26. Hang up your laundry instead of using the dryer.
27. Unplug your appliances when you aren’t using them. Do the earth a favour, and save around $100 US/£60 GBP a year as well, which you could give to charity or church.
28. Learn how to reduce your energy consumption. (Bonus: your bills will go down so you can give a little more away!)
29. Reduce, Re-use, Recycle i) – reduce food wastage. Shop with a list; use up leftovers, only buy and cook what you can eat and really need.
30. Reduce, Re-use, Recycle ii) – spend a couple of hours one weekend thinking about your shopping habits. How can you buy less, avoid buying what you don’t really want or need, eliminate shopping for leisure, buy vintage, buy fairtrade. Fairtrade USA  — Fairtrade UK
31. Use your bicycle, the bus, or share car journeys. Less fuel used = happier earth.
32. Find a source of locally grown food and support it, or grow something yourself.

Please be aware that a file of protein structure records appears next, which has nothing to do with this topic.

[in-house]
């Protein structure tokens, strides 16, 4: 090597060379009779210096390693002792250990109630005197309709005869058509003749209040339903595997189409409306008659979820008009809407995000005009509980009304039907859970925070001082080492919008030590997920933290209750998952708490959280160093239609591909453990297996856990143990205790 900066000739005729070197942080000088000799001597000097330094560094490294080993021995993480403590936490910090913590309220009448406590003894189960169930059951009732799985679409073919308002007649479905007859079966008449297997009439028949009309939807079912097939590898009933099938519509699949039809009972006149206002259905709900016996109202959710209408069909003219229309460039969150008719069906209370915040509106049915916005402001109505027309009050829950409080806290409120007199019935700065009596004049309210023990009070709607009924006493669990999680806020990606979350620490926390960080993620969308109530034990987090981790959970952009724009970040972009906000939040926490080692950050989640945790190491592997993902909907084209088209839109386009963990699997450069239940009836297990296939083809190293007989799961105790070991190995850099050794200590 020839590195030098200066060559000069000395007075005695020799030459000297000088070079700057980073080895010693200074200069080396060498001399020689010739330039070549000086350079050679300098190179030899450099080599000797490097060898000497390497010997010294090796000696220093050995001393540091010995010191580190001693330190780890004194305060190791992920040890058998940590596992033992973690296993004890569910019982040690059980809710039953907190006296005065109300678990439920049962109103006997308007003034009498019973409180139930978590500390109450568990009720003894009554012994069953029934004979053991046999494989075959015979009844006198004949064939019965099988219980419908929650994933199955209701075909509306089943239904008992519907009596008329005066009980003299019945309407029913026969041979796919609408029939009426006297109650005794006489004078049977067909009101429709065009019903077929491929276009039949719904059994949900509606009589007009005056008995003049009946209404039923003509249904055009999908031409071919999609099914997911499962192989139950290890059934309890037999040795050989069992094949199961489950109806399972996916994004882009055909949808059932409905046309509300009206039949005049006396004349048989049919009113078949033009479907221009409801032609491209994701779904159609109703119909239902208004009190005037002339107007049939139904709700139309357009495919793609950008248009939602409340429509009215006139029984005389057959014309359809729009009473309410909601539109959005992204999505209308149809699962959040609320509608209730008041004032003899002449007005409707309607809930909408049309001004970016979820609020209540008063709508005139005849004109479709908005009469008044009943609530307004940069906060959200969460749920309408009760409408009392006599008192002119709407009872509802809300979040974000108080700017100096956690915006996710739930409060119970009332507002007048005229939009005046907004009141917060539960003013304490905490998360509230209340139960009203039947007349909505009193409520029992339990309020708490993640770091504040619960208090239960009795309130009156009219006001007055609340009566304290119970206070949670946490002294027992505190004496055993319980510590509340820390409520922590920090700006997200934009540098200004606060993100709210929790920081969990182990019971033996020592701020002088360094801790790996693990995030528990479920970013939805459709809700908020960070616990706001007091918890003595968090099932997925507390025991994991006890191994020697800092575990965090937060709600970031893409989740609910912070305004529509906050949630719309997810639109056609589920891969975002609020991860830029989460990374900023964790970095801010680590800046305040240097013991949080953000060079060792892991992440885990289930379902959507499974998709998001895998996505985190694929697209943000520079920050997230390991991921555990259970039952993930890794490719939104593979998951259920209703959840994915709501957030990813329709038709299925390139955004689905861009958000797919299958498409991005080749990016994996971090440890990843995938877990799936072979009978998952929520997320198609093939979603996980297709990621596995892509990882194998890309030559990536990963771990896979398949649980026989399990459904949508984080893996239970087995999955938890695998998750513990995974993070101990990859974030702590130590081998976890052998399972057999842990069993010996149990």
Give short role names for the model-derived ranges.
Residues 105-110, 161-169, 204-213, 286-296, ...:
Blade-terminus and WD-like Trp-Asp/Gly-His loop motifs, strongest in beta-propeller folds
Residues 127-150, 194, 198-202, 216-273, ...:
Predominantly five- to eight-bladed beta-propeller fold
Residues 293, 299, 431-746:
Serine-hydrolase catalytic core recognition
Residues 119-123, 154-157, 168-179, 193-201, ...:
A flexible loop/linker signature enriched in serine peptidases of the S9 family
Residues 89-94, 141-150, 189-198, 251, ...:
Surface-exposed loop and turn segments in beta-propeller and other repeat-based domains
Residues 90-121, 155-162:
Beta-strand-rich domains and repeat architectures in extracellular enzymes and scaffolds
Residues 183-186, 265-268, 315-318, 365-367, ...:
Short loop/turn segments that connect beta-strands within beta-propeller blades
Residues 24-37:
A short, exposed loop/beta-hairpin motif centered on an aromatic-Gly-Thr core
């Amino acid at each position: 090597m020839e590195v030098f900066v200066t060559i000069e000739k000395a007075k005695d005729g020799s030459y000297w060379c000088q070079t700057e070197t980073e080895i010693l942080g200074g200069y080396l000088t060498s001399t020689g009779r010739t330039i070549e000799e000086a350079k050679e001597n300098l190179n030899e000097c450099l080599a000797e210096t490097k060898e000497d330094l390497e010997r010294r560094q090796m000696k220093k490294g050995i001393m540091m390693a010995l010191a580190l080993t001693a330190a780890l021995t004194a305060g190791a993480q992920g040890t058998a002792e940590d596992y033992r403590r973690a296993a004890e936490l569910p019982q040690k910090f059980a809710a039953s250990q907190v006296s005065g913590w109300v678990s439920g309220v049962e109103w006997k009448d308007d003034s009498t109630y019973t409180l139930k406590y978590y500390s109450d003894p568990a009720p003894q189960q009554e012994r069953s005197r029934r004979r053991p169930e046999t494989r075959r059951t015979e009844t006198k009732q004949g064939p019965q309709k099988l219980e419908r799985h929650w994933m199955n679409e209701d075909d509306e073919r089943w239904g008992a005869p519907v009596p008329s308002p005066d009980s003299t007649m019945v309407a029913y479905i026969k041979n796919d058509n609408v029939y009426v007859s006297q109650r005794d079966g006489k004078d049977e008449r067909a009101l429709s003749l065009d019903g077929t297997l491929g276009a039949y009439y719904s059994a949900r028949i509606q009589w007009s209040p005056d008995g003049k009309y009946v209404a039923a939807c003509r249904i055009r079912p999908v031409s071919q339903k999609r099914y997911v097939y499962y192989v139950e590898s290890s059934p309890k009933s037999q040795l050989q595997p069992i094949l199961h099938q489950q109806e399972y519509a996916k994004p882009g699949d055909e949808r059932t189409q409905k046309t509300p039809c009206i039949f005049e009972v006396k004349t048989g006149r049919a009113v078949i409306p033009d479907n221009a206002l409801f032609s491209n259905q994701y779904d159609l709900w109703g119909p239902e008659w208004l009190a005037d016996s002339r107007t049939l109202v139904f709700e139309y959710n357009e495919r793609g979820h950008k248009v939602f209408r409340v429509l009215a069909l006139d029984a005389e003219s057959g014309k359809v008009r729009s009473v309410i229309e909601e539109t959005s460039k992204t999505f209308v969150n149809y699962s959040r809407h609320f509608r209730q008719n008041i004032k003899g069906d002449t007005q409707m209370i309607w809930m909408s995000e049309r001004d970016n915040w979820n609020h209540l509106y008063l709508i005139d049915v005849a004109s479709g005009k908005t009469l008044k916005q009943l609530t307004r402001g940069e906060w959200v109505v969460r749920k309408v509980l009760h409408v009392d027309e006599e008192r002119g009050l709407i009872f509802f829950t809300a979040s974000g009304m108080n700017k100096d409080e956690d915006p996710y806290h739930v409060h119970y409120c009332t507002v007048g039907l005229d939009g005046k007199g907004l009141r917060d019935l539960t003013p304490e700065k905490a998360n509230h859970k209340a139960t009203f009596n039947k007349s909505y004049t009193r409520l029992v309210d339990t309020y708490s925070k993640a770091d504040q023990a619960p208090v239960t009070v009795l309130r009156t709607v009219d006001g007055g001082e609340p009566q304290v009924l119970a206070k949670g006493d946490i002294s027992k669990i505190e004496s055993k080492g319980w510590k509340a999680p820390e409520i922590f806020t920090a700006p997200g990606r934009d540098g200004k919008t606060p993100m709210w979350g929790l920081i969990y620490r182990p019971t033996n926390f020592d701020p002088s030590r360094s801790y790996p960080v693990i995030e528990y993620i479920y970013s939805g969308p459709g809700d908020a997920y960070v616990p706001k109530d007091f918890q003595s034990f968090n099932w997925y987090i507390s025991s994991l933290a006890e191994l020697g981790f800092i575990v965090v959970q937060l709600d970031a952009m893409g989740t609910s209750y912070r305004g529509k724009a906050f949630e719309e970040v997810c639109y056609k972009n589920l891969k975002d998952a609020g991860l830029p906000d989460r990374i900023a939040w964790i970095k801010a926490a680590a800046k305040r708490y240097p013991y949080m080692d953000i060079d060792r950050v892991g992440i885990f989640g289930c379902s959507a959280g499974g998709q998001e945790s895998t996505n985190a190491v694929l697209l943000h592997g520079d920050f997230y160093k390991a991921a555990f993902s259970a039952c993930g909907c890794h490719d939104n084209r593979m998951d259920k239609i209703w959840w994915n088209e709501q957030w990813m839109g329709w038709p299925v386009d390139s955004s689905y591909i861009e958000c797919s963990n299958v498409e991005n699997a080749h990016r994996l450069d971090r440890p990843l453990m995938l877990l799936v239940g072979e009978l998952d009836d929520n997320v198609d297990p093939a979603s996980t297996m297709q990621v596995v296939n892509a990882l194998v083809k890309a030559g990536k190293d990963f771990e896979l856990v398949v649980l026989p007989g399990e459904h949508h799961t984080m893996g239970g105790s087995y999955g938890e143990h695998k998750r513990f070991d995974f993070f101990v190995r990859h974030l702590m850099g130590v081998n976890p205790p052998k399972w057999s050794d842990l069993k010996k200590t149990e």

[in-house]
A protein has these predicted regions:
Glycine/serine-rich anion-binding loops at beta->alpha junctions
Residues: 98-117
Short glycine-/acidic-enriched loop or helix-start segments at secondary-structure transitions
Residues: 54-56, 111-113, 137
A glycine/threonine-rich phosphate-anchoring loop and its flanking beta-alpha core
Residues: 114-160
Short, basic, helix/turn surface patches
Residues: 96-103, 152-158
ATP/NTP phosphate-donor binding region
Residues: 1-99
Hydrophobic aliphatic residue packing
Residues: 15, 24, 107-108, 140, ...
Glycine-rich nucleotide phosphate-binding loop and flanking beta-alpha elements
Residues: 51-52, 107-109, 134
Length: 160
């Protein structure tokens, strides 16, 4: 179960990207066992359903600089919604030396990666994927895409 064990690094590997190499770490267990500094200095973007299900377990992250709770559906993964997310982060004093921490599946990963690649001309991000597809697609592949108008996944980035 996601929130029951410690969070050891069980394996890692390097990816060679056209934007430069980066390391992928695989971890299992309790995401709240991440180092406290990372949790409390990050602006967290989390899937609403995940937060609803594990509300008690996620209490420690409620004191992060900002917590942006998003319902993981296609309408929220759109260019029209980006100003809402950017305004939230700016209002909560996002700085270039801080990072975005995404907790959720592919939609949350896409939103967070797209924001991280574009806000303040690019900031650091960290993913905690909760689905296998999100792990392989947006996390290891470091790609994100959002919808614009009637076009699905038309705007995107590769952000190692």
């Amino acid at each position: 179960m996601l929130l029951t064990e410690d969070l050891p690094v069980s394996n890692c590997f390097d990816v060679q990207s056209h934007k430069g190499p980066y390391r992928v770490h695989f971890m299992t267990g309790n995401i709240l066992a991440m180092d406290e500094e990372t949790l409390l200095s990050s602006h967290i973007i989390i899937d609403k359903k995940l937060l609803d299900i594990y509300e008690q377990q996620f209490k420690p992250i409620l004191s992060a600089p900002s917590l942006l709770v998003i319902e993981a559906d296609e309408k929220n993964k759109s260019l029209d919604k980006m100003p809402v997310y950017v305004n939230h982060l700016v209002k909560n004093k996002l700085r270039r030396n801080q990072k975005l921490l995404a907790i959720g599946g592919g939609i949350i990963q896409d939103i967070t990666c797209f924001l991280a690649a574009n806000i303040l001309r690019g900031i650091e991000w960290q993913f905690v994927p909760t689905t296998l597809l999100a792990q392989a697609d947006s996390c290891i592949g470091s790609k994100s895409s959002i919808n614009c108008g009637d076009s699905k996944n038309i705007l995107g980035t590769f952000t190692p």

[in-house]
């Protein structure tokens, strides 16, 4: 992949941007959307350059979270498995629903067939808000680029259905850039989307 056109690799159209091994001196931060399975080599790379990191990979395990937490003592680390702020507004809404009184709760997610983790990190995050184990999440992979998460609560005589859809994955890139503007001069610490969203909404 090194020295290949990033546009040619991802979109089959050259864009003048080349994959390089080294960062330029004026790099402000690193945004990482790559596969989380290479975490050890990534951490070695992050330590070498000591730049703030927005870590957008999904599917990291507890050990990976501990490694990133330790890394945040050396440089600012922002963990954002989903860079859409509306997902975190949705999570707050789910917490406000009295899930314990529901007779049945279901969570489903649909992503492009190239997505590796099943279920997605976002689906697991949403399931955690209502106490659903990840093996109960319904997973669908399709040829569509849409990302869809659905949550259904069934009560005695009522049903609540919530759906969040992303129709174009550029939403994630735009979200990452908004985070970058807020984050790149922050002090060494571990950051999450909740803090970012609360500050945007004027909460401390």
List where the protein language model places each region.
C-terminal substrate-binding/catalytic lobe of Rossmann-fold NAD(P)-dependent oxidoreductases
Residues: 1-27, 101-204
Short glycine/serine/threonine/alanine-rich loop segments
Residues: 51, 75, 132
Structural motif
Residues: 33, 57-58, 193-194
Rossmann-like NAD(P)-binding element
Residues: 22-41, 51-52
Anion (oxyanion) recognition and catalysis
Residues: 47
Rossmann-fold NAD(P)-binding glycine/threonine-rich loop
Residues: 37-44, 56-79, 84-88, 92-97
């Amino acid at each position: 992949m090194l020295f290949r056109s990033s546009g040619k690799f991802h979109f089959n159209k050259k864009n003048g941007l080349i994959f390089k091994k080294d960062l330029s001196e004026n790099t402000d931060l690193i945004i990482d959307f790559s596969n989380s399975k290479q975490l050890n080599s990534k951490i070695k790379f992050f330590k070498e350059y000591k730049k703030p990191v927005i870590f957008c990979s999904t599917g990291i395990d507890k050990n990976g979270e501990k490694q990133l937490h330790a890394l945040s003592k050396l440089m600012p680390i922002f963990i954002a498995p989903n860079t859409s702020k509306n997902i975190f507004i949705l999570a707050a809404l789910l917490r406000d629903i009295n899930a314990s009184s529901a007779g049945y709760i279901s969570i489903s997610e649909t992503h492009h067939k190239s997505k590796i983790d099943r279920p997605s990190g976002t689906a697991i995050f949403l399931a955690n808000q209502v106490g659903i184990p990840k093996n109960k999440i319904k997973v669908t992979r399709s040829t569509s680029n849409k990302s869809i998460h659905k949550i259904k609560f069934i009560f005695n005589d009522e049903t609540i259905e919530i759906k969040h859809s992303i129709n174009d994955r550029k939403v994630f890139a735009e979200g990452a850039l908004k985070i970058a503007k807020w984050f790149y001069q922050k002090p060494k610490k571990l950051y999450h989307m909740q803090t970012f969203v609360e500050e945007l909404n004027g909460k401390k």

Joy-inspiring spiritual practices.
33. Pause 4 or 5 times today to give thanks for what you usually take for granted. Food. Shelter. Life. Friends.
34. Take a leisurely walk, alone or with friends. Stop often to look for beauty.
35. De-clutter a cupboard or wardrobe. Give away what you don’t use or need.
36. Sing! Singing fills your system with oxygen and makes you feel better.
37. Look up! What do you miss on your daily journeys by looking down at your feet?
38. Clean the windows. Let the sunshine in!
39. Plant some bulbs in the garden or in a pot for the windowsill.
40.  Say thank you to others, for simple things. Tell people when you appreciate their kindness or value their friendship. Don’t wait to give a eulogy: tell them now.

For more on Lent: check out my book – Giving it Up: Daily Readings from Ash Wednesday to Easter Day

Saving Daylight